First, I did some research.
Visiting the Gion district at dusk where geisha and maiko meet with clients.
I read blog posts written by other women who had tried the experience, including black, white, Latino, and non-Japanese Asian women. In fact, the teahouse waiting area has a photograph book of past clients from 31 countries and on its pages are women of all shapes and colors.
I also asked locals what they thought. I spoke with the bartender at our hostel, an elderly woman on the train and my 20-something makeup artist. And I corresponded with the geisha experience manager, Akiko who said in an email, "I want women all over the world to experience how special and wonderful this culture is. I want to share Japan."
I realize that some of you may disagree with my decision, but after receiving the blessings of locals, I decided that the experience would support this woman-powered business and broaden my understanding of geisha culture.
So in I went.
#2: Let's do this.
I arrived without makeup and a simple ponytail. After undressing, I stored my clothes in a locker and removed my wedding rings. My new outfit consisted of a white cotton robe and comfortable zori sandals.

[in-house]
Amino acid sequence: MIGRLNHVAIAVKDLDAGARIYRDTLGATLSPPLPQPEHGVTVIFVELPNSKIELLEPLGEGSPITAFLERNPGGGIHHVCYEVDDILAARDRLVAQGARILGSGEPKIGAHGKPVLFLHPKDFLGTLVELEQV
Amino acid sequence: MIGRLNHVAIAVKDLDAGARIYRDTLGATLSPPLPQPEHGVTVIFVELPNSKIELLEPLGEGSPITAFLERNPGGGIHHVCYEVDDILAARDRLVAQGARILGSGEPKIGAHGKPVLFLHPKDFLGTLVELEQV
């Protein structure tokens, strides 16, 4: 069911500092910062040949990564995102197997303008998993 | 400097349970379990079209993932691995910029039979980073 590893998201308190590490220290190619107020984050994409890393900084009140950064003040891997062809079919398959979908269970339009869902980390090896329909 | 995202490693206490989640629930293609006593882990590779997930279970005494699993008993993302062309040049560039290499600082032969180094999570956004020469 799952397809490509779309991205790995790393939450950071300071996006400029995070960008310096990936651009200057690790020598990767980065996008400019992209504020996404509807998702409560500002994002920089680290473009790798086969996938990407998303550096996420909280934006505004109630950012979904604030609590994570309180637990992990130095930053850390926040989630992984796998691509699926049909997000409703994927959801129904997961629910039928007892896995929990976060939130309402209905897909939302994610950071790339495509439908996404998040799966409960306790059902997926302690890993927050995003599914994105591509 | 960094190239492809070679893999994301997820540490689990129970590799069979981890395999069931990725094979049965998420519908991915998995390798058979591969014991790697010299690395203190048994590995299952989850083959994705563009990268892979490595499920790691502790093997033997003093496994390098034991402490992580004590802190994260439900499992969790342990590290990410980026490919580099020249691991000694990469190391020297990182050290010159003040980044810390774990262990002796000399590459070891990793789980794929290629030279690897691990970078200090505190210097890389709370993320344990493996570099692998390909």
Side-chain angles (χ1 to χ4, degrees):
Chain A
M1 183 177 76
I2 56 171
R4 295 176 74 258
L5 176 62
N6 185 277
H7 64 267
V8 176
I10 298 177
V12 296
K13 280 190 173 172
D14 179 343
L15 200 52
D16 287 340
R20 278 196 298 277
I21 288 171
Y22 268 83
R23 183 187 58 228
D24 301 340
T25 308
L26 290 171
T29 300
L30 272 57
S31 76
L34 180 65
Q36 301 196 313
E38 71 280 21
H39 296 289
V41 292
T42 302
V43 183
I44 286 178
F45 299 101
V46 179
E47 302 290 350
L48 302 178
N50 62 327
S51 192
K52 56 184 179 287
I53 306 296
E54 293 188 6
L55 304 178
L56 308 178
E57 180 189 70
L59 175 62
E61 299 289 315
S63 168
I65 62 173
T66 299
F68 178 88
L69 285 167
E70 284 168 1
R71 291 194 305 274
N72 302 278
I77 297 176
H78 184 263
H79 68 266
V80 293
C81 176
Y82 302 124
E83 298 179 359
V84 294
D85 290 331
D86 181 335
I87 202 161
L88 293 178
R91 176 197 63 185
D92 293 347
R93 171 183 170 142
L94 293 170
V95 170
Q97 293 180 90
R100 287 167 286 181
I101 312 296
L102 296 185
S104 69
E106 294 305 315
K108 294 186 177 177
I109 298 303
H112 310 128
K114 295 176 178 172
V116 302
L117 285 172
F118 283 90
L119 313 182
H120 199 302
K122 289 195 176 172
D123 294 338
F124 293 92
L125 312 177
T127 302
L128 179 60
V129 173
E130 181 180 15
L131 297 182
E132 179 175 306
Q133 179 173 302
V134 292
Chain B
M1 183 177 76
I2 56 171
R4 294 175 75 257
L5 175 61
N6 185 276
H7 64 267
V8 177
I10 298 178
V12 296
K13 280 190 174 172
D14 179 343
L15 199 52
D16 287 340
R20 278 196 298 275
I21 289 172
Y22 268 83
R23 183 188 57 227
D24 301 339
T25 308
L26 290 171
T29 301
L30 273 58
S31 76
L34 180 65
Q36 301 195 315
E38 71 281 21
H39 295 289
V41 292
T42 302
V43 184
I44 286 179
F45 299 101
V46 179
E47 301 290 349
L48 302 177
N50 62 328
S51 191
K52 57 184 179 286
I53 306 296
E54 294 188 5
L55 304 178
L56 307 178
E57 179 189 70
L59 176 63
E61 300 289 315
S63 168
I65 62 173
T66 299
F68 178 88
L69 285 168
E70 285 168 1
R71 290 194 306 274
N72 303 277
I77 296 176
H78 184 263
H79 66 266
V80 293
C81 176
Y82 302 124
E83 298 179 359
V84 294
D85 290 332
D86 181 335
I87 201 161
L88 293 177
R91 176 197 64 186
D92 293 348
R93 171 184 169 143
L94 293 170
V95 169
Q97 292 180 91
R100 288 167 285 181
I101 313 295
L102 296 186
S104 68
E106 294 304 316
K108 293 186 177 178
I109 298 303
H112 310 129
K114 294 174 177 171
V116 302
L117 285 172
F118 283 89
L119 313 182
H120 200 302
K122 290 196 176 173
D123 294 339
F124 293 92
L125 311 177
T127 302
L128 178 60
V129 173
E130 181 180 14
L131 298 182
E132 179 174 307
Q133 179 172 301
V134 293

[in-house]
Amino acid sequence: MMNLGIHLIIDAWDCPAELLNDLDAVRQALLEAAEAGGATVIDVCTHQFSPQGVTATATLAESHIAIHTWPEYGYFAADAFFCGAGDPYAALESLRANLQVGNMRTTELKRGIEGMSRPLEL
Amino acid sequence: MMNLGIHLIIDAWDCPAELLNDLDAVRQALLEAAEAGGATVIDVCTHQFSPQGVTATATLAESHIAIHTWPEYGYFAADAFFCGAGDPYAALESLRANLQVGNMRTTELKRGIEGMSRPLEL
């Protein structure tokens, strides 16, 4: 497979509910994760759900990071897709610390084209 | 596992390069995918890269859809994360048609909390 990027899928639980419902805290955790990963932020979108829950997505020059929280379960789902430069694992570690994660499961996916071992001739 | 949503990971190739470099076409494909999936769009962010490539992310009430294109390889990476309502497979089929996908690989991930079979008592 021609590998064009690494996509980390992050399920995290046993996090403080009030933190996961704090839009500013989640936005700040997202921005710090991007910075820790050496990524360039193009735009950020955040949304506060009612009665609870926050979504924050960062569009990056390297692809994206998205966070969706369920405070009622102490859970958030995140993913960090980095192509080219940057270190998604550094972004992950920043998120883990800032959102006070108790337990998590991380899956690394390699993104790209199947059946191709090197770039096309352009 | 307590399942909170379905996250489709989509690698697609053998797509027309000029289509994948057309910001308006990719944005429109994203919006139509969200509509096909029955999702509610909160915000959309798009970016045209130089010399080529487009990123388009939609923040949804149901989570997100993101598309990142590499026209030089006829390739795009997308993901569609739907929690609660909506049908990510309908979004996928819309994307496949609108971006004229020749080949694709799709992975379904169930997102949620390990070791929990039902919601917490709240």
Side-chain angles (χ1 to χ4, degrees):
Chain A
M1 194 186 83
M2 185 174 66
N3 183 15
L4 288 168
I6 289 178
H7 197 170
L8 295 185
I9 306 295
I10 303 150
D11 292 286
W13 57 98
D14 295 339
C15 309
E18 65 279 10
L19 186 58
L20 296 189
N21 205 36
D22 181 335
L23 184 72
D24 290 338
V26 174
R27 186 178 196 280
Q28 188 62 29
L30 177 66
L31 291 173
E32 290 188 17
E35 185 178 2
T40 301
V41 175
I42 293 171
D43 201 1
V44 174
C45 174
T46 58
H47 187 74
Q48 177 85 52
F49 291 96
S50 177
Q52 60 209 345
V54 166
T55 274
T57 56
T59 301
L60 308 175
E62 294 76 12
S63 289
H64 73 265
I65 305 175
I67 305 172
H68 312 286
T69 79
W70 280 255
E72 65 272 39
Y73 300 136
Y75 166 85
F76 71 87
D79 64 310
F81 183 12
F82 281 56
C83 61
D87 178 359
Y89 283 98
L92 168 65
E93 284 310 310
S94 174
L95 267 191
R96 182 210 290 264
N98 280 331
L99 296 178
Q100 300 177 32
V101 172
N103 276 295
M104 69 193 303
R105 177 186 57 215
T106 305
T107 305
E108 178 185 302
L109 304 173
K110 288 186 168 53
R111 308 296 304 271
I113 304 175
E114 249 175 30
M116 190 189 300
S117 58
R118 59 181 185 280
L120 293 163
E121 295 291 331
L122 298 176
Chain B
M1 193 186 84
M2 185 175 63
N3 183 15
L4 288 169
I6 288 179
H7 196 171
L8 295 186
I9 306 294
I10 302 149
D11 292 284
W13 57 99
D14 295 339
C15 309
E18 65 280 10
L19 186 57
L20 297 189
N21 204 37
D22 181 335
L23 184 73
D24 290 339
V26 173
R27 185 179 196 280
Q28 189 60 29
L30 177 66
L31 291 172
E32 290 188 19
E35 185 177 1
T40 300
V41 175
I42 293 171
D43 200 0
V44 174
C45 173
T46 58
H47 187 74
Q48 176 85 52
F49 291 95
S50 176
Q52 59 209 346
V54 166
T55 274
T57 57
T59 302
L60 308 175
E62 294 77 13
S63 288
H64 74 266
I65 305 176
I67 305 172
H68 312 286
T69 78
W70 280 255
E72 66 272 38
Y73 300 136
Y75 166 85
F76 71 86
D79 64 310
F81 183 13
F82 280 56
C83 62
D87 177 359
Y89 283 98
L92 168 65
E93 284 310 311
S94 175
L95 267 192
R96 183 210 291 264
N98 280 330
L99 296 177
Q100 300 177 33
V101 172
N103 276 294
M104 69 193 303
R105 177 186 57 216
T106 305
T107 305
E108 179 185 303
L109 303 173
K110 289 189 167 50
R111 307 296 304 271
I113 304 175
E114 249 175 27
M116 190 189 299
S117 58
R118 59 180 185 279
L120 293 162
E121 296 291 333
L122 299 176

A tidy place in the machiya to remove makeup after the experience.
The sink basins were stocked with makeup removers, moisturizing creams and cotton balls so I began to wonder just how complicated it would be to remove the makeup later on.
#3: That's a looooot of makeup.
Makeup is one of the most recognizable characteristics of geishas. My professional makeup artist, Namiki Kishi, arranged a spread of creams and powders that ranged from crimson red to snowy white. She asked me if I wanted to dress in the maiko or geisha style. I chose maiko because it is considered more playful.
Maikos would have done their own makeup, however, I clearly couldn't be left to my own devices.
#4: This is so relaxing.
Namiki tied my long, platinum blonde hair into a habutae, which is sort of like a wig cap.
My face and neck were massaged with kabuki abura oil to serve as a base for the cream.
After tucking in the last of my hairs, she applied the base layer. Kabuki abura is an essential, wax-like substance that ensures the white paint will stay immovable on my skin. It is considered the secret to the longevity of Kabuki makeup. My skin felt silky and wonderful.
#5: My neck tickles.
To begin, Namiki wielded a wide hake brush to paint my neck in the traditional komata shape to elongate my neck, which reflects the traditional Japanese aesthetic of sensuality. It felt like chilled air on the nape of my neck.